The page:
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Shannon’s Trip to Nepal

It’s no secret around here that we’ve got the travel bug. With the release of our new destination collections, we spend countless hours daydreaming about the beautiful places in the world we would like to cross off of our travel bucket lists. Recently, Shannon, our graphic designer and photographer, had the amazing opportunity to spend ten days in Nepal.  Shannon is truly talented and has taken all of the St. Barths and Cape Cod photography that we have been using, so we knew she would have some great photos from her trip. She was kind enough to share her photos and tell us a little about her adventure.


Boy climbs on a 700 year old statue in Kathmandu's Durbar Square


Incense burning in front of a hand-painted golden bhavacakra, or circle of life


Women harvesting wheat and preparing for monsoon season in the mountains just outside the city


Man gives an offering of candles to Buddha at the Swayambhunath Monkey Temple


 What was the most memorable part of your trip?

“I made plenty of new friends while I was in Nepal. I had tea with a Lama (a monk teacher) and had a 2-hour conversation about religion. I got a “blessing” and a hug from a Shaiva Sadhu (a holy man considered to be a living god), saw Mt. Everest, wore a sari, and even fed a wild monkey one of my granola bars. I spent some time at a school and got to hang out with the kids, which was a lot of fun. On the last day, they dressed up and performed a few traditional Nepalese dances. The whole trip was memorable!”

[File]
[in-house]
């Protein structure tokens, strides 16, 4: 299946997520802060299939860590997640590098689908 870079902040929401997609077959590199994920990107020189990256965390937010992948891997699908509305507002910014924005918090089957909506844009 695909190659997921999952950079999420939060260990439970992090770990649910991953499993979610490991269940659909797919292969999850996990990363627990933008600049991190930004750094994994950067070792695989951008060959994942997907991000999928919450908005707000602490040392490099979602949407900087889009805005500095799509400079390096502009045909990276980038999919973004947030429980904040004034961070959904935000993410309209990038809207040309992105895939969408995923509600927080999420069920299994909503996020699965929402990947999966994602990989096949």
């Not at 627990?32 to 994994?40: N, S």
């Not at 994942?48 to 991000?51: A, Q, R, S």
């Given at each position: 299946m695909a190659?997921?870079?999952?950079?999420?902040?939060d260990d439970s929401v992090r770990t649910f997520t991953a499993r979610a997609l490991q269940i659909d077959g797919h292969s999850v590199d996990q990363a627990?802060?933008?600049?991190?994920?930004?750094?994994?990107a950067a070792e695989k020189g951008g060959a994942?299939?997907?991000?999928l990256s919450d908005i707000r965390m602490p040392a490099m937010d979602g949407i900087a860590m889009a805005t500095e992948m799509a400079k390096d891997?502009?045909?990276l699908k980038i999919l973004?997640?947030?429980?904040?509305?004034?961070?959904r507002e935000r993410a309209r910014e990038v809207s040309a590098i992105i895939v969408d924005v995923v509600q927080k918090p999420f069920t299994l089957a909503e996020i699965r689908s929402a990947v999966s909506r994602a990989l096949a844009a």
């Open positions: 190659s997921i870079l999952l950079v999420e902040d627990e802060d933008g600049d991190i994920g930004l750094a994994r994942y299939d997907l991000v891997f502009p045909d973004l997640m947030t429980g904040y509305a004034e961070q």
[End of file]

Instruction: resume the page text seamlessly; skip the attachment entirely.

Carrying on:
What did you learn while you were there?

“I have picked up a new appreciation for reliable electricity, drinkable running water, and peace and quiet. I have also learned a lot about Hinduism and Buddhism, the two most common religions in Nepal.”

How would you describe the culture in Nepal?

“Friendly, relaxed, and easygoing. You can walk up to anyone on the street and have a conversation like old friends or take them out for tea. In America, people generally focus on their schedule and their families; in Nepal, people are pretty open for anything as long as you’re friendly.”

Do you have any advice for anyone planning to travel to Nepal?

“Make sure you know the conversion rate and the average price of things before you buy any souvenirs… they will try to overcharge you. Don’t be afraid to barter! You can usually get things for more than 50% less than the asking price.”

If you could describe your trip in 3 words,  what would they be?

“Fun, beautiful (people, landscape, architecture, & religion), and inspiring”


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